Accutane Litigation

Accutane is a prescription medication chemically similar to Vitamin A, which is used to treat serious forms of cystic acne. Accutane has been manufactured in the United States by a division of Hoffmann-La Roche, Inc. since 1982.

Controversy over Accutane focuses primarily on two areas of potential harm: The use of Accutane by pregnant women is associated with certain birth defects, and its use by teenagers is associated with depression and possibly with suicidal behavior. Fetal risks have long been known to the manufacturer, and it initiated an educational program to reinforce to female patients the importance of pregnancy prevention. It also includes a graphic insert in its packaging, warning of potential birth defects. Due to continuing concerns over the number of women who become pregnant while taking Accutane, in 2002 additional safety protocols were initiated, including the requirement that women receiving Accutane twice test negative for pregnancy, and sign a commitment to use two forms of birth control while continuing treatment with Accutane. Due to continued concerns, in August 2005 the FDA strengthened safety warnings and added a requirement that women receiving Accutane and doctors prescribing it participate in a national database.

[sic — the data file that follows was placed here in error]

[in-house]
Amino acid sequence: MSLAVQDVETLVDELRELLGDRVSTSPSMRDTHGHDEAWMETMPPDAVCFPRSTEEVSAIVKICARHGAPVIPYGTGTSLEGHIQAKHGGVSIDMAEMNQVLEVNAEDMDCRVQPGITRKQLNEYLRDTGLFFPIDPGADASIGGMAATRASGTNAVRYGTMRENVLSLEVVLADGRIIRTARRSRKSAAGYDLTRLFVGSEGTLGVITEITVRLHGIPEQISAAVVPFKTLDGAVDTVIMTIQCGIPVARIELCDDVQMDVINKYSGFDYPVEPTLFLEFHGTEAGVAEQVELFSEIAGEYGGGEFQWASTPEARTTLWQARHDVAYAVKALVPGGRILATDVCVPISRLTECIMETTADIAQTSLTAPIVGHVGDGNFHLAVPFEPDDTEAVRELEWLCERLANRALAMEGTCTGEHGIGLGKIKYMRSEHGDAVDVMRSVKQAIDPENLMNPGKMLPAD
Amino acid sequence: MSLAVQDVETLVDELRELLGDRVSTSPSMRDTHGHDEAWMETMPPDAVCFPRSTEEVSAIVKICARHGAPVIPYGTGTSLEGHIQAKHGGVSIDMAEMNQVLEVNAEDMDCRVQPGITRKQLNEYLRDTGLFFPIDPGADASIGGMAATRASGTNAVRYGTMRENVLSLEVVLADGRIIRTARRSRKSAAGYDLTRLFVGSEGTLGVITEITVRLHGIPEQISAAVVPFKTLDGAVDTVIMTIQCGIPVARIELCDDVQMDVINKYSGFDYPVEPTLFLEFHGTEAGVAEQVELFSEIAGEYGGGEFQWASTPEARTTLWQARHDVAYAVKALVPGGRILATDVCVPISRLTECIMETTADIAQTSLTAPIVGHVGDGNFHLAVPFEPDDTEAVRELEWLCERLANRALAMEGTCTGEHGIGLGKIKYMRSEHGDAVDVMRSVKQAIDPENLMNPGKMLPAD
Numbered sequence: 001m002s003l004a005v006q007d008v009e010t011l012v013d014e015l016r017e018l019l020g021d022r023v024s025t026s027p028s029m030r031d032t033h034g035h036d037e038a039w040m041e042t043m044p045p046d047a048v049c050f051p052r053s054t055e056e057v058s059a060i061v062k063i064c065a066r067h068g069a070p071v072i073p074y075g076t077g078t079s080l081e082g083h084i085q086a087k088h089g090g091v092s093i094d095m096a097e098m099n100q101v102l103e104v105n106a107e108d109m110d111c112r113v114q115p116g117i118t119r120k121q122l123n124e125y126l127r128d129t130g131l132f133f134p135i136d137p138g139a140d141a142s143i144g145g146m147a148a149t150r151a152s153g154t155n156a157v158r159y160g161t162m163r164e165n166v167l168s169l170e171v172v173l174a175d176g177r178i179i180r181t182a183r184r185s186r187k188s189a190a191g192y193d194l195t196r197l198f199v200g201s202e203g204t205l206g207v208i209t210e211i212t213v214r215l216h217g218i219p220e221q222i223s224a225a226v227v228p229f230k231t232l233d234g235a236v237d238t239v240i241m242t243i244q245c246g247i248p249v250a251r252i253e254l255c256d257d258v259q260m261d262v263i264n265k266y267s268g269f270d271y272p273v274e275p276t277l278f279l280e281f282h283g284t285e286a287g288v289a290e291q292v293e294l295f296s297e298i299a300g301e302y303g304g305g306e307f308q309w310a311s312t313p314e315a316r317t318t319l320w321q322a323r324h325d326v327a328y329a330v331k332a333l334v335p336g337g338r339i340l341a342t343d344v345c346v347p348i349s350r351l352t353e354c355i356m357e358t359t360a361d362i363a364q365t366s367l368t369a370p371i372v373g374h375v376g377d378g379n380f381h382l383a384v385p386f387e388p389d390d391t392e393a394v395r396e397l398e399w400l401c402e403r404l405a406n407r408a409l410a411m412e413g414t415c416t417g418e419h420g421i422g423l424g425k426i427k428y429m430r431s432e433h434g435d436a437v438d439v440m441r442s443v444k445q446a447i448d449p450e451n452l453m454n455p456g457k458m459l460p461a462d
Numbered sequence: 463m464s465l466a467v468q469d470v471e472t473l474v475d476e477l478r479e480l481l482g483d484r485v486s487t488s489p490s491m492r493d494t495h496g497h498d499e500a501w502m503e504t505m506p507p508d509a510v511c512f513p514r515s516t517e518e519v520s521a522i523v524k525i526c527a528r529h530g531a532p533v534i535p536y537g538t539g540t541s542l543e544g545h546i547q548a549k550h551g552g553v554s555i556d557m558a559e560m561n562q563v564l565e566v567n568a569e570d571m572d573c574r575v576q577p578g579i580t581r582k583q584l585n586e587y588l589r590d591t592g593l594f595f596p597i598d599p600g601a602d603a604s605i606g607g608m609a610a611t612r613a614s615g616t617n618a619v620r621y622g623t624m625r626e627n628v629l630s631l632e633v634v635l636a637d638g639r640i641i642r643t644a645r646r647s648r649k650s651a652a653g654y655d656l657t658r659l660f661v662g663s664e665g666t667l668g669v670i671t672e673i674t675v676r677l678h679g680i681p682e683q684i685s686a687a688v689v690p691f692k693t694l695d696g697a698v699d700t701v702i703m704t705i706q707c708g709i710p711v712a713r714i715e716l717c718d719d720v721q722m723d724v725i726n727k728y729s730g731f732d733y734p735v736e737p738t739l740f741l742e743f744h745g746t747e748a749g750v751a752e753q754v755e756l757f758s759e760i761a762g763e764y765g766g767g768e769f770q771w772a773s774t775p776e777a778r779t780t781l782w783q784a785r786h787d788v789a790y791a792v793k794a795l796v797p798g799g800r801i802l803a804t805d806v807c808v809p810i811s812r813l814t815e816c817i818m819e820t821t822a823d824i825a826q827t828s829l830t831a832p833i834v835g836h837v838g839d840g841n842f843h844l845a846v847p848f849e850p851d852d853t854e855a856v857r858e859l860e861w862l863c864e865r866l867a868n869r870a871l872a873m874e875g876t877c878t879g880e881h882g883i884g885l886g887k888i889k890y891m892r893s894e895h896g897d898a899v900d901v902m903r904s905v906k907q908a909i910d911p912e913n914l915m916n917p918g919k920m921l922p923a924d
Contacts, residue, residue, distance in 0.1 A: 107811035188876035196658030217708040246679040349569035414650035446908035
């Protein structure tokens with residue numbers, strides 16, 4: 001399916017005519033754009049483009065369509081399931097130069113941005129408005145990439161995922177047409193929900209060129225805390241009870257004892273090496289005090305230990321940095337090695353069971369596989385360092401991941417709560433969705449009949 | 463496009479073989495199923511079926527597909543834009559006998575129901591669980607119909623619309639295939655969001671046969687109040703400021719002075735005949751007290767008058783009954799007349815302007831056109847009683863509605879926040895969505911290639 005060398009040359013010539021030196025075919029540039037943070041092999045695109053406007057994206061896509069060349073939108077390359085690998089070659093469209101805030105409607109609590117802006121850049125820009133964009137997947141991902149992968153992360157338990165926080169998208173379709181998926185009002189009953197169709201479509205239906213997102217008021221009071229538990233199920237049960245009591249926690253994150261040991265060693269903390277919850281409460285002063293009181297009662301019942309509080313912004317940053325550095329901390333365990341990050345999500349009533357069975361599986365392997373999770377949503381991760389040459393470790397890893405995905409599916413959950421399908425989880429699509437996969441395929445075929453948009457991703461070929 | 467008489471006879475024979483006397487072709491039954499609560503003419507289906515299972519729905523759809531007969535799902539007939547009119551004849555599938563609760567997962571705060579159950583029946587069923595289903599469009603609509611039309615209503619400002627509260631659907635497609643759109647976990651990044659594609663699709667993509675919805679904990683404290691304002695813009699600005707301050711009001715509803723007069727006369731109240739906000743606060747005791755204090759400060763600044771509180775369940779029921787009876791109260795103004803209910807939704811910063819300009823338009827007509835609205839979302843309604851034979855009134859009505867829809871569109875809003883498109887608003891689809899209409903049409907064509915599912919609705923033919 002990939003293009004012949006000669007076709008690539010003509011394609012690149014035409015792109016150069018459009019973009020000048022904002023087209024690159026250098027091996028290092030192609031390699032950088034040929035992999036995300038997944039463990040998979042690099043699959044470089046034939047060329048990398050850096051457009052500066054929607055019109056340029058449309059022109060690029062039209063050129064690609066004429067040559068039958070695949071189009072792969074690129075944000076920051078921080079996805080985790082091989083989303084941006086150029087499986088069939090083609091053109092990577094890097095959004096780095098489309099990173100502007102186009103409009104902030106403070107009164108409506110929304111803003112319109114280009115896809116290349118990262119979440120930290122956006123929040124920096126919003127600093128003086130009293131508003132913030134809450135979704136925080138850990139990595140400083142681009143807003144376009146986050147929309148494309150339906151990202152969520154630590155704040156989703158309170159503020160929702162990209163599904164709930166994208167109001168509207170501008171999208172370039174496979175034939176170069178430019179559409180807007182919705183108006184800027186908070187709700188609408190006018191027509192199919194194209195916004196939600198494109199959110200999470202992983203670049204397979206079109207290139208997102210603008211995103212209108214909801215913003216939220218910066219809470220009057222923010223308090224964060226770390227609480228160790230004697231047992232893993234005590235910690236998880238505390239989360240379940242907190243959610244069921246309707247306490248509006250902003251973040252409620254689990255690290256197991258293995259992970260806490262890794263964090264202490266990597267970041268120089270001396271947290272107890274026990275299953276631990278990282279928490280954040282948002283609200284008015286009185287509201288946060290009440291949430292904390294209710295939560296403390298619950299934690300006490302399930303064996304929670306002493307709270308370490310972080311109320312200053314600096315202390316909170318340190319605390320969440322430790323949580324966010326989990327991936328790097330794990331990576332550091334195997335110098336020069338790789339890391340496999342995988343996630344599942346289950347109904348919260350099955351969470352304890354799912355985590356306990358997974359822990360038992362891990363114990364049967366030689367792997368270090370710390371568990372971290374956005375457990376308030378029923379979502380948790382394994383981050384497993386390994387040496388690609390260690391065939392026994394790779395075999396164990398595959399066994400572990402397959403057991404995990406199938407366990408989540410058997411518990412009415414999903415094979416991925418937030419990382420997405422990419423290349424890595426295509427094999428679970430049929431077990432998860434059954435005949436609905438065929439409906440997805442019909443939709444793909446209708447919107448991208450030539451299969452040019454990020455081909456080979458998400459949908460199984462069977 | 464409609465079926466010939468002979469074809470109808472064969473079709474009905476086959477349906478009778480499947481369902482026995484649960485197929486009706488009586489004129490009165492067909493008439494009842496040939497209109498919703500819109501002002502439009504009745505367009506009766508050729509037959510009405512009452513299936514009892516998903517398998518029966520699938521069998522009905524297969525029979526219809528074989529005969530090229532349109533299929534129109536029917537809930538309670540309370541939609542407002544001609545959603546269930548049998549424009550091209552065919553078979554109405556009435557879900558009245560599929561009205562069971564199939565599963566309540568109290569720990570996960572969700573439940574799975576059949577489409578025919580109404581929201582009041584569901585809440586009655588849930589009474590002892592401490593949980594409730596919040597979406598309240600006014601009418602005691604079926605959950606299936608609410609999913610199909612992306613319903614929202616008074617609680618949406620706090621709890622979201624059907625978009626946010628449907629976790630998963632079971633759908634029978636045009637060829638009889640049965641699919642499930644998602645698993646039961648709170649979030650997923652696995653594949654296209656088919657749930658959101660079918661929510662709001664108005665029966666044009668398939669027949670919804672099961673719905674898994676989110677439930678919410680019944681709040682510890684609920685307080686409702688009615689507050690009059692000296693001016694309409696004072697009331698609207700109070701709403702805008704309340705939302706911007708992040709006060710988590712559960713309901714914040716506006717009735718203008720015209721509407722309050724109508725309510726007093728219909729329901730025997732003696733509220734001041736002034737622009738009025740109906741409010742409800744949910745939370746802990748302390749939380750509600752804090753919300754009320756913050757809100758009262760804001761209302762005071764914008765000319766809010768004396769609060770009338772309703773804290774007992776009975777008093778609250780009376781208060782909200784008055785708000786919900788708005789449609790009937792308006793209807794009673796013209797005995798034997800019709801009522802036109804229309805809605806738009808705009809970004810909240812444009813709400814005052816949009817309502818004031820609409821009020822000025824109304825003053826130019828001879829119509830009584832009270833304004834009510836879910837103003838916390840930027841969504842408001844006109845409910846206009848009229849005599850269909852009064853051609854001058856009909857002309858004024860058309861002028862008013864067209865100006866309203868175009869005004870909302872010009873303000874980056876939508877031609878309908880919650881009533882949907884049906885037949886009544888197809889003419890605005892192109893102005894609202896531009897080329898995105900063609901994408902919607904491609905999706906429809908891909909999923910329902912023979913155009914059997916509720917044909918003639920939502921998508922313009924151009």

In relation to depression, in 1998 the FDA sent doctors a notice indicating that Accutane might be associated with increased levels of depression. After two high-profile suicides by teenaged Accutane users, the manufacturer was inspired to add additional warnings about depression as a possible side-effect of Accutane use, but asserts that there are no mental health problems associated with its product. Some product liability lawyers continued to assert that the association is very real, and that Accutane's warnings were inadequate to protect users from its dangers.

Accutane remains on the market.

Copyright © 2005 Aaron Larson, All rights reserved. No portion of this article may be reproduced without the express written permission of the copyright holder. If you use a quotation, excerpt or paraphrase of this article, except as otherwise authorized in writing by the author of the article you must cite this article as a source for your work and include a link back to the original article from any online materials that incorporate or are derived from the content of this article.

This article was last reviewed or amended on Jan 17, 2015.